for everybody because everyone's ears are different everybody's fingers are different but certainly it's found its fan base and i would have called it
you know a nice inexpensive product from cassio
but before we leave this video one last thing that we're going to
touch on and it's a big one is some commentary that's out there in the cyber verse regarding the action on these instruments um because this has really been uh or become quite polarizing which is just bizarre to me uh given the price point that we're talking about you know we're under a thousand dollars
well under a thousand dollars for the pxs a thousand we're sort of around the thousand dollar mark for the pxs 3000 or the 3100 we are not talking about instruments that are designed or built for professional acoustic piano playing right, at all i mean these are instruments that were certainly with the the 1100 this was designed for beginners to have in their home
to have something compact that was easy to you know throw in a closet
and you know looked kind of interesting so that was the target audience
um and some of the dialogue or some of the commentary that i've been hearing i just i i have to put my two cents in on this uh
so the controversy arose when it became known that the black keys on this action were slightly lighter than the white keys by a few grams
now is this a common thing no it's not a common thing it does exist
i've seen cassio's reaction as i think cassio could have handled this information coming out in probably a slightly more productive way
because cassio is not a small company and when you take these instruments apart and you can see that the reason that they're lighter is
they've used lighter weights that's not somebody like slipping on a banana peel in a factory and oops something went wrong it sounded like a flaw this was a decision somebody decided or a team of engineers
decided that those weights should be a little bit lighter and it isn't the
craziest thing to me
first of all the black key is a much shorter lever and so if you put an equal weight on a shorter lever you're actually going to wind up with a heavier sensation, second thing is you're striking the black key with less of a blow distance to the key than you are when you're hitting a white key it's no different than if you start your hammer um with less distance to go from the string you wind up with a softer strike so it's kind of the same thing as using a left pedal on an upright so the concept of making the black keys on a digital piano a little bit lighter is not something that strikes me as
being like completely bananas cuckoo i get where at least the thought process probably was coming from and for the majority of playing styles
i don't think anybody would even really notice in fact the first time i played this instrument and i would consider myself a fairly good player
i did not even notice i played it for quite a while and still didn't really notice at all so there's a decision that's been made it was hardly some kind of like an oops we screwed it up the weights
are there they're less it's a shorter lever plus you've got a shorter blow distance between your finger and the key to accelerate to hit it so slightly less weight to me actually makes some sense because after all
especially on a digital piano it's not the actual weight of the key that matters
take for example a yamaha p515 that action has over 80 grams worth of weight uh its static weight is over 80 grams there is not a grand piano on this planet that would ever be regulated even at a basic level to be that heavy and yet the 515 has a lot of fans you play it you can tell that there's a little bit more uh you know girth to the key and when you weigh it out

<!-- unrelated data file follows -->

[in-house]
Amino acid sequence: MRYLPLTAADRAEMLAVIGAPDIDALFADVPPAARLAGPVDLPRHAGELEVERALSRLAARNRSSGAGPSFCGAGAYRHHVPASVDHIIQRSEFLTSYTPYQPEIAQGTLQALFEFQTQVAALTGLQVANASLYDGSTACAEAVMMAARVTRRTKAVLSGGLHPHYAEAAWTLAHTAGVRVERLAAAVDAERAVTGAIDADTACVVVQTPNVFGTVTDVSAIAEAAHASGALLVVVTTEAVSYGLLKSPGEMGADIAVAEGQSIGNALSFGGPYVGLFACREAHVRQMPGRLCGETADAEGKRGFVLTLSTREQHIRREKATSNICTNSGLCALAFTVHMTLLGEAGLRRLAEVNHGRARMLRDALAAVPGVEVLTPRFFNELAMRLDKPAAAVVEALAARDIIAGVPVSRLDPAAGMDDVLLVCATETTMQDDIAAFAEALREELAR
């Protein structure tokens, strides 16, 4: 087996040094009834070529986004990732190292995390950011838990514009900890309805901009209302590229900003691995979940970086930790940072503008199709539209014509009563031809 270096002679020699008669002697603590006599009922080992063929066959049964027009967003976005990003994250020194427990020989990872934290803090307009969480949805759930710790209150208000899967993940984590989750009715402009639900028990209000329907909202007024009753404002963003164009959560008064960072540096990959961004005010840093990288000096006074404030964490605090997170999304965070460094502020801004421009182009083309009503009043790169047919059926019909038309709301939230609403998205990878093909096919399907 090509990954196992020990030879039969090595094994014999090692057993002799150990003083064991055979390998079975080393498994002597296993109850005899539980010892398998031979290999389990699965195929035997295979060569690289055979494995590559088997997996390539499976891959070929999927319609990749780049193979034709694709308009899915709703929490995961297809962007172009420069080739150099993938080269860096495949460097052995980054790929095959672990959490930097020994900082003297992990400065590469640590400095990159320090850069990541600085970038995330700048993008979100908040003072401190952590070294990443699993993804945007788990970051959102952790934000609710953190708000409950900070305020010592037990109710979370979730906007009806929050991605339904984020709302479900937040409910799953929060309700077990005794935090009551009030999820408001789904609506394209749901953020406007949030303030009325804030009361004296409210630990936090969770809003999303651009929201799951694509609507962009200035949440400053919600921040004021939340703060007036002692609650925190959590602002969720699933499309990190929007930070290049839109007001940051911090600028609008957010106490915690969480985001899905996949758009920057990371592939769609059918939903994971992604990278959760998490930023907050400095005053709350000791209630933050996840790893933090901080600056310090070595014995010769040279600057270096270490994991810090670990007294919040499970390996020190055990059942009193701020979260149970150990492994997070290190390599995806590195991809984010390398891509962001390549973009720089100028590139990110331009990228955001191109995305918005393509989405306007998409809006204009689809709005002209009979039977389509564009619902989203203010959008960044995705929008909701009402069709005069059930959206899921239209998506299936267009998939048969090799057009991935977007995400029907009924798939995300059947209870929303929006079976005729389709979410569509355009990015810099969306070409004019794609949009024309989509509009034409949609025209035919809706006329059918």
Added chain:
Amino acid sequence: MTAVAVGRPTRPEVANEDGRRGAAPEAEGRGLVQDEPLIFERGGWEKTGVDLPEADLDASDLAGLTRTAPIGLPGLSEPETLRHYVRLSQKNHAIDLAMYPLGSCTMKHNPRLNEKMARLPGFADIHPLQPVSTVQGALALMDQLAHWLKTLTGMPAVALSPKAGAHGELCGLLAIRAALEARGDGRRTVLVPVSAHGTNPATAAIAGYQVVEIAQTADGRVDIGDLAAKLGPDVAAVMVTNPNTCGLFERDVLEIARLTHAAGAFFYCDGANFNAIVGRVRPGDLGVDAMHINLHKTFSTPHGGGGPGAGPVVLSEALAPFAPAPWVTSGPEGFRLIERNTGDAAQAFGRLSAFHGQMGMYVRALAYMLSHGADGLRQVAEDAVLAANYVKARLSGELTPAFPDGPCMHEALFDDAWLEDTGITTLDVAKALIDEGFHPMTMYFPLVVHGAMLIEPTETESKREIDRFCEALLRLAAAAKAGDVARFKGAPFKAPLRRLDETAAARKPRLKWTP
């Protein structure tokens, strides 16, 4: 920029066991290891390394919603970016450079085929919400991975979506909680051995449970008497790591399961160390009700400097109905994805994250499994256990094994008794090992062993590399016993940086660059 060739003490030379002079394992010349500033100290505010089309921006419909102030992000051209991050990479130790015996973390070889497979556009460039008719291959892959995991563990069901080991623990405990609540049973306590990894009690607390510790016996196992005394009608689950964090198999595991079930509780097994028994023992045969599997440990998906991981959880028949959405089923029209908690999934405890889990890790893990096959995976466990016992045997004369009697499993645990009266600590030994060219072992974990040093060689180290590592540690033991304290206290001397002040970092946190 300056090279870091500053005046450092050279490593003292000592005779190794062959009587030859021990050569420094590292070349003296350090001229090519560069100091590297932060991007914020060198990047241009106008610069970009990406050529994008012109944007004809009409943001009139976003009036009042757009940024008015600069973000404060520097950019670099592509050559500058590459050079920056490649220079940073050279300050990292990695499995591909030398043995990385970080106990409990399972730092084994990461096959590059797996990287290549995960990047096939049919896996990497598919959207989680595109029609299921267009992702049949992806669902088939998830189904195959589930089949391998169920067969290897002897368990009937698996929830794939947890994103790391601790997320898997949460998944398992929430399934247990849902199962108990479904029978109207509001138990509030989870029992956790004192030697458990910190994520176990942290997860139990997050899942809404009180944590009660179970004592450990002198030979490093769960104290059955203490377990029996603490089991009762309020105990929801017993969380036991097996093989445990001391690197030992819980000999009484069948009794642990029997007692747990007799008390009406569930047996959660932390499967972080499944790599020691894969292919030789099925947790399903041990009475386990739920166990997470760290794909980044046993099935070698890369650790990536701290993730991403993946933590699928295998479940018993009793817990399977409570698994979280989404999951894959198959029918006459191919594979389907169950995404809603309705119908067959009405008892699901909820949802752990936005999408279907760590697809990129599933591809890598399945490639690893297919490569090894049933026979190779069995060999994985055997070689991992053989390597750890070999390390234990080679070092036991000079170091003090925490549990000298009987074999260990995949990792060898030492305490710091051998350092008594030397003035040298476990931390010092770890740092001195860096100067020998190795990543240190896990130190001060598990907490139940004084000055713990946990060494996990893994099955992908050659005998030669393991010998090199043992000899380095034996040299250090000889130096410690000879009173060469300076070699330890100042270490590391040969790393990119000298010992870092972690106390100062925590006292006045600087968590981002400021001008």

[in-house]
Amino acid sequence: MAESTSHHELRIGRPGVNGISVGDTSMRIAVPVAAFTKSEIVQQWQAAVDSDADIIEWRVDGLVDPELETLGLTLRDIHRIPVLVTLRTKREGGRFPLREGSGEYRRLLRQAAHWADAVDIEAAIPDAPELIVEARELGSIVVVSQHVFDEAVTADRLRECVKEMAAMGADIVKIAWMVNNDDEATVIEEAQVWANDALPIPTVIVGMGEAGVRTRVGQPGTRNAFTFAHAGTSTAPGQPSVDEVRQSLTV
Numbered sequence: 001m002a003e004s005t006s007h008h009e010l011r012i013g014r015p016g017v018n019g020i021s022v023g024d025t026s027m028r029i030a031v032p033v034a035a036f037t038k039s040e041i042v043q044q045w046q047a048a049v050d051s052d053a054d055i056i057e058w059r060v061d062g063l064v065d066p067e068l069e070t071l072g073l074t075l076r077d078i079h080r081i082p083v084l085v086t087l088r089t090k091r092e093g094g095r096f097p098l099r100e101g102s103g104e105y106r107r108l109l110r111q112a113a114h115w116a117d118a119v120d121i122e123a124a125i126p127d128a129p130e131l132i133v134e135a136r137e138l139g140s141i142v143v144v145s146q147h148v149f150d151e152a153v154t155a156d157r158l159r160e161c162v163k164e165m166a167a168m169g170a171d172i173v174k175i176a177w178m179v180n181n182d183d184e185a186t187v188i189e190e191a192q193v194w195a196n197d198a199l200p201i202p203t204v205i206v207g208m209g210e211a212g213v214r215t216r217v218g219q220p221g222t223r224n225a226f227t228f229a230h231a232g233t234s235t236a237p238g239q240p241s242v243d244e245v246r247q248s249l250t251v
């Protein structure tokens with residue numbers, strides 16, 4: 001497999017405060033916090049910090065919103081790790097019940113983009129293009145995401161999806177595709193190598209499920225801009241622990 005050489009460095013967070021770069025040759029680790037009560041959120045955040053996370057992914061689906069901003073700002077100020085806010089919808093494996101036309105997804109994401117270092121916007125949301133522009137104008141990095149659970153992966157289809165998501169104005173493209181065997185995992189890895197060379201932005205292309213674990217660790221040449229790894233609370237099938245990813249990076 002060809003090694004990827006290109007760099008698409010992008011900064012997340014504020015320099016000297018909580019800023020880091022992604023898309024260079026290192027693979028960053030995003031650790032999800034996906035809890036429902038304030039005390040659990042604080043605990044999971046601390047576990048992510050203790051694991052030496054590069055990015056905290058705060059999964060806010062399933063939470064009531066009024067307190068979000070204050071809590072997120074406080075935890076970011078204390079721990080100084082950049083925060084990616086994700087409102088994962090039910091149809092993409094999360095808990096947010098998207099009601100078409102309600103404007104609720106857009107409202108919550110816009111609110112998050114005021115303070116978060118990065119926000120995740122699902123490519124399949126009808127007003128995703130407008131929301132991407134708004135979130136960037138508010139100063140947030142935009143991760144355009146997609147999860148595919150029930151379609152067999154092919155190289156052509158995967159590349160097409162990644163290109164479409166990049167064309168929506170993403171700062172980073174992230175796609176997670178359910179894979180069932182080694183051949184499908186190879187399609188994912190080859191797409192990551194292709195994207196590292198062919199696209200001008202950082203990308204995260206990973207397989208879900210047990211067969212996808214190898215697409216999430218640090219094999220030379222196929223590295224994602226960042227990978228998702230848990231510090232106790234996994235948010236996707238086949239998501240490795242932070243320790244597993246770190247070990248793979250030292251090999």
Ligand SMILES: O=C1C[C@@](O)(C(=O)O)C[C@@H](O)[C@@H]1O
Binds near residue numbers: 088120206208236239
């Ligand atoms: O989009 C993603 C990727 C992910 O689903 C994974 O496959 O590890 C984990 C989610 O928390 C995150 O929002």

you're like oh my goodness that really is staggeringly quite high it's a little
heavier than what i would actually prefer and
i've made mention of that in it but the point is there's a product that's completely accepted by the wide community that has a weighting on its keys that are like completely off the charts you'd never
ever ever find it on a keyboard and then the last point that i would make
is anybody who has used google over i don't know the last three years will know that their algorithm has become so advanced that there's now natural language processing there's now uh complete uh you know semantic contextualization that's occurring when you do a search
so anybody who searches casio pxs 1100 is going to find material on
the 1000 like you would have to rename that thing so wildly to avoid previous information that if what casio was attempting to do with the 1100 and the 3100 was somehow repackage or obscured the fact that there was this point of controversy on the action of the 11 or the thousand and
three thousand and they were doing this in some type of a malicious or bad faith way a they probably would have changed the name of the action and b they probably would have completely renamed it something totally different so instead of like pxs a thousand this becomes like tlc
3250 because then you're really never going to hit that same information but this is a slight evolution in the model and so it makes sense that it's a slight evolution in the model number and nothing about this to me suggests that cassio's really trying to hide anything because in my opinion they don't really have much to hide i do think as i said a
few minutes ago they probably could have handled the response to this in a slightly more productive way acknowledging that the weight difference
was there and then coming out and probably saying what i just speculated
on right now which is we tried a new thing we we ran it by a whole bunch of piano players we realized that technically it weighs out like this but you know their brains just did not acknowledge the weight difference it felt right because of how much we had to short the geometry anyway so there's my few cents into this highly dynamic discussion going on in various parts of the internet regarding the actions on these pxs series